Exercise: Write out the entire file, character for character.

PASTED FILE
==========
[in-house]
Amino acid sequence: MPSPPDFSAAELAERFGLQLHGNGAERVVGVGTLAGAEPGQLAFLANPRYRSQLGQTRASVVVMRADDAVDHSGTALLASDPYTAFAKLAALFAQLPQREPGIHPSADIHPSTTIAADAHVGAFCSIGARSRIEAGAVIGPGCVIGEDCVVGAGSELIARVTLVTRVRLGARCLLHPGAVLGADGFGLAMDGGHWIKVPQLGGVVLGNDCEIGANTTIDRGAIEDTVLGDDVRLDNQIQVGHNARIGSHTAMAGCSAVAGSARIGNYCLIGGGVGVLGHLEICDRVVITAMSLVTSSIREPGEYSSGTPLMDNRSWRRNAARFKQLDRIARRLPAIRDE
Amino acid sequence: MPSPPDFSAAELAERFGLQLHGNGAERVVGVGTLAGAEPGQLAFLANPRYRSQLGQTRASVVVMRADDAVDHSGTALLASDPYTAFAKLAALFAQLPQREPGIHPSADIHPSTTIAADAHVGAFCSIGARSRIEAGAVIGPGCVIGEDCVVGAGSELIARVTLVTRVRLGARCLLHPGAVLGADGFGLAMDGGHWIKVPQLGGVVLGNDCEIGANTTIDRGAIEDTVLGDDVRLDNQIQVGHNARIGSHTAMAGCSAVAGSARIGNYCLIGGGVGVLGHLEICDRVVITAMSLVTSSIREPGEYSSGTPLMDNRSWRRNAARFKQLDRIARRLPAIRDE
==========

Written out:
[in-house]
Amino acid sequence: MPSPPDFSAAELAERFGLQLHGNGAERVVGVGTLAGAEPGQLAFLANPRYRSQLGQTRASVVVMRADDAVDHSGTALLASDPYTAFAKLAALFAQLPQREPGIHPSADIHPSTTIAADAHVGAFCSIGARSRIEAGAVIGPGCVIGEDCVVGAGSELIARVTLVTRVRLGARCLLHPGAVLGADGFGLAMDGGHWIKVPQLGGVVLGNDCEIGANTTIDRGAIEDTVLGDDVRLDNQIQVGHNARIGSHTAMAGCSAVAGSARIGNYCLIGGGVGVLGHLEICDRVVITAMSLVTSSIREPGEYSSGTPLMDNRSWRRNAARFKQLDRIARRLPAIRDE
Amino acid sequence: MPSPPDFSAAELAERFGLQLHGNGAERVVGVGTLAGAEPGQLAFLANPRYRSQLGQTRASVVVMRADDAVDHSGTALLASDPYTAFAKLAALFAQLPQREPGIHPSADIHPSTTIAADAHVGAFCSIGARSRIEAGAVIGPGCVIGEDCVVGAGSELIARVTLVTRVRLGARCLLHPGAVLGADGFGLAMDGGHWIKVPQLGGVVLGNDCEIGANTTIDRGAIEDTVLGDDVRLDNQIQVGHNARIGSHTAMAGCSAVAGSARIGNYCLIGGGVGVLGHLEICDRVVITAMSLVTSSIREPGEYSSGTPLMDNRSWRRNAARFKQLDRIARRLPAIRDE